Bacterial impact on astronauts' health and spacecraft hardware in confined space capsules
For future manned missions (i.e. a lunar base or a mission to Mars), the rescue mission with a fast return to Earth is no longer possible. Consequently, the microbial quality control of the atmosphere, surfaces, water, food and waste reservoirs has been reinforced. Micro-organisms that are present in space ships or space stations could be of danger to the crew or could cause damage to materials. The study of bacterial activity under space conditions is therefore highly important for the early detection of changes in bacteria with medical or environmental consequences.
For the above reasons, and taking advantage of the ISS as a 'test bench', ESA has decided to set-up a sampling campaign of the ISS and to develop a Microbial Detection System, with the scientific support of SCK•CEN. The SCK•CEN team analyses on a regular basis the microbial contamination aboard the International Space Station to assess the impact of bacteria on the health of the astronauts and on the integrity of spatial hardware. In addition, the team at SCK•CEN works in close collaboration with the Russian institute IBMP and together we are studying the microbial populations aboard the ISS and their changes (1) in the air and on surfaces, and (2) in and on the human crew.
Our team can build on the research experience from the ground-based case study using the “Concordia” base on Antarctica (a semi-closed environment, with shifts of crew alternating for 5-6 months at a time and prolonged confinement during winter months). The Concordia base will allow us to map microbial dynamics (spreading off cells and their genes) in a confined environment from start over several years of hotspots that are crucial for bio contamination (biodegradation, bio corrosion) under environmental conditions (airflow, humidity, temperature, etc. ), promoting microbial spreading or activity.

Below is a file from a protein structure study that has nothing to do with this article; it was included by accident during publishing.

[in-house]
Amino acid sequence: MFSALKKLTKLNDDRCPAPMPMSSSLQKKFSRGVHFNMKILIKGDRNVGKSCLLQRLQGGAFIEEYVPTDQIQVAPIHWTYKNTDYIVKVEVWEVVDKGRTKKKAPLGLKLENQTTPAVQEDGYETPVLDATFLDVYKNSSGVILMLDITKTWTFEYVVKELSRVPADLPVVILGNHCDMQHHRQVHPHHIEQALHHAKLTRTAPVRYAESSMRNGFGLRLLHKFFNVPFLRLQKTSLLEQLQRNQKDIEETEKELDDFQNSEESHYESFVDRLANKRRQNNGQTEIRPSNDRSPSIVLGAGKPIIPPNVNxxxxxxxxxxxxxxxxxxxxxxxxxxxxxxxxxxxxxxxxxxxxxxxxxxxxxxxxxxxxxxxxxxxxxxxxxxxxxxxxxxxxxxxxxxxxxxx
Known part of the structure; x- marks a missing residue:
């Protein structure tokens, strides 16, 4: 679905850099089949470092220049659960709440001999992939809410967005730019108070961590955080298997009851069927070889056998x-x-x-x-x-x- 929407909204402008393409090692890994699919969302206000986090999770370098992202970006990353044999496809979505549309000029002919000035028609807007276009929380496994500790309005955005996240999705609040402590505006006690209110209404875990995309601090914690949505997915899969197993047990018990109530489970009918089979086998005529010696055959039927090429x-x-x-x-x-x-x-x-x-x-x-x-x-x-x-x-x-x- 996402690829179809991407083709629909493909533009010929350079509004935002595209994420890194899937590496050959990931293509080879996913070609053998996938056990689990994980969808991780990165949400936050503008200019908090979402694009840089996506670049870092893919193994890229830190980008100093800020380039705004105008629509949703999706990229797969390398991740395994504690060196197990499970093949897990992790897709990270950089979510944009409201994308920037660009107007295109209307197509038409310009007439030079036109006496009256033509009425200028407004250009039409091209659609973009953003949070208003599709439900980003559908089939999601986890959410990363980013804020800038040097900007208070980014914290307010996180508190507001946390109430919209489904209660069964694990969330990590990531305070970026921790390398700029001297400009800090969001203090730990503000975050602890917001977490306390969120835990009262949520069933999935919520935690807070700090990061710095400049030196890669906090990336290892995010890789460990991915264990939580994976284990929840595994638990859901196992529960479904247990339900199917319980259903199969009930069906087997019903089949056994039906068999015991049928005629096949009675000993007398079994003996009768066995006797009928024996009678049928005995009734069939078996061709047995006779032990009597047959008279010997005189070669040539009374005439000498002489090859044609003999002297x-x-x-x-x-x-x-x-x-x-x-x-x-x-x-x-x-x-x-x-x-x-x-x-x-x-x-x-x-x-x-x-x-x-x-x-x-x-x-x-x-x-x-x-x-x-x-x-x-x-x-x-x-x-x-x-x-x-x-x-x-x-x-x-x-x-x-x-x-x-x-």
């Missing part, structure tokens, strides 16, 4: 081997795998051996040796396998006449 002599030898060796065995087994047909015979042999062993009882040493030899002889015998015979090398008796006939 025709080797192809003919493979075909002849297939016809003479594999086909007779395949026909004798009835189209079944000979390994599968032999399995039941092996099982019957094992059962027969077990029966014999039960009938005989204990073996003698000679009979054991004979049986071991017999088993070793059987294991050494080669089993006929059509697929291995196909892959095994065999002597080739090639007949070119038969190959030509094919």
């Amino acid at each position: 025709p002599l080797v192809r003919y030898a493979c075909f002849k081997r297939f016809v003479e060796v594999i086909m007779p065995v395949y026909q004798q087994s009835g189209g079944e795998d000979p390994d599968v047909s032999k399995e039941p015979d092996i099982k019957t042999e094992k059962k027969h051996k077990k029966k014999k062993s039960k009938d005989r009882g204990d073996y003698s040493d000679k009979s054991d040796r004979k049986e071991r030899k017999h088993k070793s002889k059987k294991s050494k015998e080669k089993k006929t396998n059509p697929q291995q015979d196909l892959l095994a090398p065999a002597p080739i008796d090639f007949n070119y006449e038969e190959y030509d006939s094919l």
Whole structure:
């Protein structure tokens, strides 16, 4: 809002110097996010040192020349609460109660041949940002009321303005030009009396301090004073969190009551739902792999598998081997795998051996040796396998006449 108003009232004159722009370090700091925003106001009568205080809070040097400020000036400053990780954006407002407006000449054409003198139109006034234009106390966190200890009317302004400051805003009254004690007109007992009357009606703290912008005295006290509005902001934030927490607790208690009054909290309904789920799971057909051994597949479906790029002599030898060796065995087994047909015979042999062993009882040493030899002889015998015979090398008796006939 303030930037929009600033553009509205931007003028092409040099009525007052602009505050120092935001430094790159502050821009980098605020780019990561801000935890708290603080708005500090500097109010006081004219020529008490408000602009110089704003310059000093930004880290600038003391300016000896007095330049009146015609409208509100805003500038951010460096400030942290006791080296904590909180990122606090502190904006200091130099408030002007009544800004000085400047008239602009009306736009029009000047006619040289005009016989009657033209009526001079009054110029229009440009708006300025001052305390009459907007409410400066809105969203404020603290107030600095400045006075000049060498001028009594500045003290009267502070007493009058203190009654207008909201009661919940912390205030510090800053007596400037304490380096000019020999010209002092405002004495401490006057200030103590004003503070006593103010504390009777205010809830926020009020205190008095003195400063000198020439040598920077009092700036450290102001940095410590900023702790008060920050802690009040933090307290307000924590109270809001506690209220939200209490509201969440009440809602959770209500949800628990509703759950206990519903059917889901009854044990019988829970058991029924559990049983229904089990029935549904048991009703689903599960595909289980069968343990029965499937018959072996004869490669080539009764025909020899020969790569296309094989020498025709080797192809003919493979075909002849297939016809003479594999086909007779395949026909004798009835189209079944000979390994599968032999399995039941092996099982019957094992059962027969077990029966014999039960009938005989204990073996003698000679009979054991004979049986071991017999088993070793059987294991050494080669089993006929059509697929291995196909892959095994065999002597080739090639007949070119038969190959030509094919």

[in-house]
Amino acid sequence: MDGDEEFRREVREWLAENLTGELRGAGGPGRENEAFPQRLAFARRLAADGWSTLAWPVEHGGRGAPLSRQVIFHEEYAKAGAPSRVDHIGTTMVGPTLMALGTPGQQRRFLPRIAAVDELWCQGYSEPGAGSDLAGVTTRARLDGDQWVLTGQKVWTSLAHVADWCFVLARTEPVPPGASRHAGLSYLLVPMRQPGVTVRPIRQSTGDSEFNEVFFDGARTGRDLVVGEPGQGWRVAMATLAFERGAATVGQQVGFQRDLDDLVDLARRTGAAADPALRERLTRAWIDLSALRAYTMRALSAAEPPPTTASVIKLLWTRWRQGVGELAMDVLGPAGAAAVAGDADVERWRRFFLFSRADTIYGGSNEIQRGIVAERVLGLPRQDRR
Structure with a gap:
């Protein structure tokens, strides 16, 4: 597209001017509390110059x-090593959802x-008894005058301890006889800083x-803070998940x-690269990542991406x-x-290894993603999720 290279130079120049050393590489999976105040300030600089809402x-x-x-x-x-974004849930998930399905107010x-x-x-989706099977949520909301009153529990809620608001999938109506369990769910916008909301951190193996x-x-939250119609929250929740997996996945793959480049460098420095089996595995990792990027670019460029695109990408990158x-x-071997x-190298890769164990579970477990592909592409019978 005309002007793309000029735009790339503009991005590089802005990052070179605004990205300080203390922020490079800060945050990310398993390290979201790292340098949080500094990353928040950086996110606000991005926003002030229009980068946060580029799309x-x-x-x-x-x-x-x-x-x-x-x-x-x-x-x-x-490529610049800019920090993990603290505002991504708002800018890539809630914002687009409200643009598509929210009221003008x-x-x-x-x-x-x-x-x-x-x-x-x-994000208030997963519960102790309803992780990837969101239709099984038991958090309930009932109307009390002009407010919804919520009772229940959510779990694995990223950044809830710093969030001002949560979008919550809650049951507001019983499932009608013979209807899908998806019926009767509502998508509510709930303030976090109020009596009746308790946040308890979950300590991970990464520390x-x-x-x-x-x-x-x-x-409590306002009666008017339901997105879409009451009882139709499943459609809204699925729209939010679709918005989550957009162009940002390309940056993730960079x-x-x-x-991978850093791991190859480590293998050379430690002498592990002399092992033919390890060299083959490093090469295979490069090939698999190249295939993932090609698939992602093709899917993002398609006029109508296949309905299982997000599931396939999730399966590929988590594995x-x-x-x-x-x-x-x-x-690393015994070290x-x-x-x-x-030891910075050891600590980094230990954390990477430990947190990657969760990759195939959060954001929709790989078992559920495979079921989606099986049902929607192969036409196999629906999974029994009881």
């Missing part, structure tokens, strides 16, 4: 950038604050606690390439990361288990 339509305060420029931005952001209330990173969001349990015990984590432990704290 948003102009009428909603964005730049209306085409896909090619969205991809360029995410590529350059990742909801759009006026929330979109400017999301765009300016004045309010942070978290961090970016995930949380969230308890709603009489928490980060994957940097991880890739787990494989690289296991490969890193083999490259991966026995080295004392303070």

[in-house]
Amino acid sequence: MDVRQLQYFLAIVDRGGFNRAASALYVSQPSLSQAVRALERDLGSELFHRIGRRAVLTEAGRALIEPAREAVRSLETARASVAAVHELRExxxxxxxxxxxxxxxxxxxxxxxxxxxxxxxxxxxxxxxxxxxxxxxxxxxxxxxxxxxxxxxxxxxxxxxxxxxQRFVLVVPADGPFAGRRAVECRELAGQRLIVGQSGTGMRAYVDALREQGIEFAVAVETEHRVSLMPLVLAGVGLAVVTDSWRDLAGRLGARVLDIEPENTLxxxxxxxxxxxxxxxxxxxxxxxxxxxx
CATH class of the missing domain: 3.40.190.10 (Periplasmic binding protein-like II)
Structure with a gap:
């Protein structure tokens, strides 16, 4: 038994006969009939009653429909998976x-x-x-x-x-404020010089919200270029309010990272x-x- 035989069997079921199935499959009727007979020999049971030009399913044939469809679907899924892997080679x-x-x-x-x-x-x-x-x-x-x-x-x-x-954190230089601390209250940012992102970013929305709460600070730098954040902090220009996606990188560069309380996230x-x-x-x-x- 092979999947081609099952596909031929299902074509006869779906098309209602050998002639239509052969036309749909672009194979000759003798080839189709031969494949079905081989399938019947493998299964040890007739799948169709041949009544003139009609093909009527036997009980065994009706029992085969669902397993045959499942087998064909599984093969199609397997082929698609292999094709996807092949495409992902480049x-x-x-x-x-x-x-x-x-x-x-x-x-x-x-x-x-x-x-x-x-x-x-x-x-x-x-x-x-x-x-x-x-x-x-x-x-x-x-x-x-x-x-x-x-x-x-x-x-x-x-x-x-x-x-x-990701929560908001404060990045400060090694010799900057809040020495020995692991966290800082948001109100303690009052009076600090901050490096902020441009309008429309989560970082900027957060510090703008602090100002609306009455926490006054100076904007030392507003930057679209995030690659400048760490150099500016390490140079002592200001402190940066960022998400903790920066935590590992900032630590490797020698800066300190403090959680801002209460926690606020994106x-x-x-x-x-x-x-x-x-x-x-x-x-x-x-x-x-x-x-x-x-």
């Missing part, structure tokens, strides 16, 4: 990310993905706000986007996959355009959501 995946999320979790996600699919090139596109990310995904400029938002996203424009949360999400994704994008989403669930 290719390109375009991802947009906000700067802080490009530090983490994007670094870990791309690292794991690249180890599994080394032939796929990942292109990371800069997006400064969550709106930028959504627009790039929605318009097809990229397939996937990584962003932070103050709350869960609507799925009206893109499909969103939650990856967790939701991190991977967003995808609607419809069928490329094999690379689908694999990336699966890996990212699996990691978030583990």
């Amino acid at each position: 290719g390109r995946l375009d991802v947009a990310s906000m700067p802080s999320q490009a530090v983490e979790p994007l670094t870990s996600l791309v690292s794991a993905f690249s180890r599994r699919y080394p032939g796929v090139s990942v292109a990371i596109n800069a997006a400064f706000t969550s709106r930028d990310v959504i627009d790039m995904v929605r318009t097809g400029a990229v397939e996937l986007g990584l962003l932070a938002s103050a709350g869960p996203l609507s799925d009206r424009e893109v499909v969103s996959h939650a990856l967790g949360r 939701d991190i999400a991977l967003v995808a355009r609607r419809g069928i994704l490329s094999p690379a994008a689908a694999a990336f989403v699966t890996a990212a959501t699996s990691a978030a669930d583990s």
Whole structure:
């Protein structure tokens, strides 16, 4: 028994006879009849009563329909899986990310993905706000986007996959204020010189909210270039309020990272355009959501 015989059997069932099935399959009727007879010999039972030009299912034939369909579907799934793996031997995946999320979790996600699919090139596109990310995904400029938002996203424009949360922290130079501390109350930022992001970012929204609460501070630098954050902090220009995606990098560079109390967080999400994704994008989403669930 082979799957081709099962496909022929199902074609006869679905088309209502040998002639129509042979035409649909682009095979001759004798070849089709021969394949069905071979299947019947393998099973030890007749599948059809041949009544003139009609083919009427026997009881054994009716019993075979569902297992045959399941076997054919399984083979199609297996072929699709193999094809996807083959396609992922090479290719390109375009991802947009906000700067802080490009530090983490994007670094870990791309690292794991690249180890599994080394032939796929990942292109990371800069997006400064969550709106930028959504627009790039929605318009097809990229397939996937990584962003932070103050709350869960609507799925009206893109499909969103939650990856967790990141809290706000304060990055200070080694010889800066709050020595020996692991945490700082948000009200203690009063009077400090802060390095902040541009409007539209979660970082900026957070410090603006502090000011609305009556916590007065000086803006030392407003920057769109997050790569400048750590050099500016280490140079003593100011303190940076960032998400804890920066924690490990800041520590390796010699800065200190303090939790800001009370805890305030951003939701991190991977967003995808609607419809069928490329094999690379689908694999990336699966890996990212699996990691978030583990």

Space exploration implies traveling to as well as descending on new planets or other astrological objects. One important issue is the discovery of life on those other worlds. If an organism is found, it must be ascertained whether the organism is indigenous to that planet or if it is an Earthly "hitchhiker" from the current mission or a previous mission. It is of utmost importance to protect other solar system bodies from biological contamination originating from Earth (termed "forward contamination") as well as protecting Earth from any type of extraterrestrial contamination (termed "back contamination").
Therefore scientists need to ensure the complete disinfection of instruments and objects using microbial disinfection systems and protocols that will come in contact with these solar system bodies.
Sampling from extraterrestrial objects likewise need to be performed with specially adapted protocols and instruments in such a way that the sample, once brought back, will not be contaminated during manhandling upon return, or that a life form collected would escape and contaminate Earth.
For all these projects not only the bacteria itself are characterized, but special attention is given to their Mobile Genetic Elements (MGE) such as plasmids, transposons, bacteriophages and genomic islands, which may carry pathogenic or other genetic determinants that could jeopardize the health of the crew or affect hardware.
Projects & Partners
SCK•CEN participates in several Space Research projects in co-operation with various Belgian and European universities and industrial partners which are financially supported by the European Space Agency (ESA) as well as by the Belgian Federal Science Policy (Belspo) through following projects: MISSEX – 'Microbial ISS gene Exchange' project (Prodex agreement 2006-2008)
In collaboration with: Prof. J. Mahillon from UCL in Belgium, Prof. A. Toussaint from ULB in Belgium, Prof. L. Van Melderen from ULB in Belgium, Dr. E. Grohmann from TUB in Germany, Dr. K. Venkateswaran from JPL-NASA in USA, Dr. M. Ott from JSC-NASA in USA
Contact: Dr. Van Houdt Rob